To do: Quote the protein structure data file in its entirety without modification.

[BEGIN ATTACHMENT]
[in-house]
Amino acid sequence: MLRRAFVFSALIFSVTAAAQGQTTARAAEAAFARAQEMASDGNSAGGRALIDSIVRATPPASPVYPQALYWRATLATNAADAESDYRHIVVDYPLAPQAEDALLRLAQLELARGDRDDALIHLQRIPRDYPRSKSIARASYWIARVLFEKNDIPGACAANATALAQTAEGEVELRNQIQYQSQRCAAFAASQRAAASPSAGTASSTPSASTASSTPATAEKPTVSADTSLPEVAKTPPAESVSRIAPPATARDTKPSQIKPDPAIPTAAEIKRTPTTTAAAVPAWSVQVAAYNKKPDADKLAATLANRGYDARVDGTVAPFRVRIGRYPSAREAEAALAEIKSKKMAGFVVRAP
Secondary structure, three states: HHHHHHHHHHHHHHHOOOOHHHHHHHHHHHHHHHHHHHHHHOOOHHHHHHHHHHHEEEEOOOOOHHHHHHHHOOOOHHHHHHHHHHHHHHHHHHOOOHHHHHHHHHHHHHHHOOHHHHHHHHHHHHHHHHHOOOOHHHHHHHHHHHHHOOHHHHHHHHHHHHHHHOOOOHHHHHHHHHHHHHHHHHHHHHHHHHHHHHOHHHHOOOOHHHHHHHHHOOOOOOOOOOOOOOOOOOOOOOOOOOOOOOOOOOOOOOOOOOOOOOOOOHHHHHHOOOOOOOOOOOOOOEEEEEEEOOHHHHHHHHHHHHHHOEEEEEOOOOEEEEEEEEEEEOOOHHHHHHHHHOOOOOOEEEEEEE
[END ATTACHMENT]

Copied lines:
[in-house]
Amino acid sequence: MLRRAFVFSALIFSVTAAAQGQTTARAAEAAFARAQEMASDGNSAGGRALIDSIVRATPPASPVYPQALYWRATLATNAADAESDYRHIVVDYPLAPQAEDALLRLAQLELARGDRDDALIHLQRIPRDYPRSKSIARASYWIARVLFEKNDIPGACAANATALAQTAEGEVELRNQIQYQSQRCAAFAASQRAAASPSAGTASSTPSASTASSTPATAEKPTVSADTSLPEVAKTPPAESVSRIAPPATARDTKPSQIKPDPAIPTAAEIKRTPTTTAAAVPAWSVQVAAYNKKPDADKLAATLANRGYDARVDGTVAPFRVRIGRYPSAREAEAALAEIKSKKMAGFVVRAP
Secondary structure, three states: HHHHHHHHHHHHHHHOOOOHHHHHHHHHHHHHHHHHHHHHHOOOHHHHHHHHHHHEEEEOOOOOHHHHHHHHOOOOHHHHHHHHHHHHHHHHHHOOOHHHHHHHHHHHHHHHOOHHHHHHHHHHHHHHHHHOOOOHHHHHHHHHHHHHOOHHHHHHHHHHHHHHHOOOOHHHHHHHHHHHHHHHHHHHHHHHHHHHHHOHHHHOOOOHHHHHHHHHOOOOOOOOOOOOOOOOOOOOOOOOOOOOOOOOOOOOOOOOOOOOOOOOOHHHHHHOOOOOOOOOOOOOOEEEEEEEOOHHHHHHHHHHHHHHOEEEEEOOOOEEEEEEEEEEEOOOHHHHHHHHHOOOOOOEEEEEEE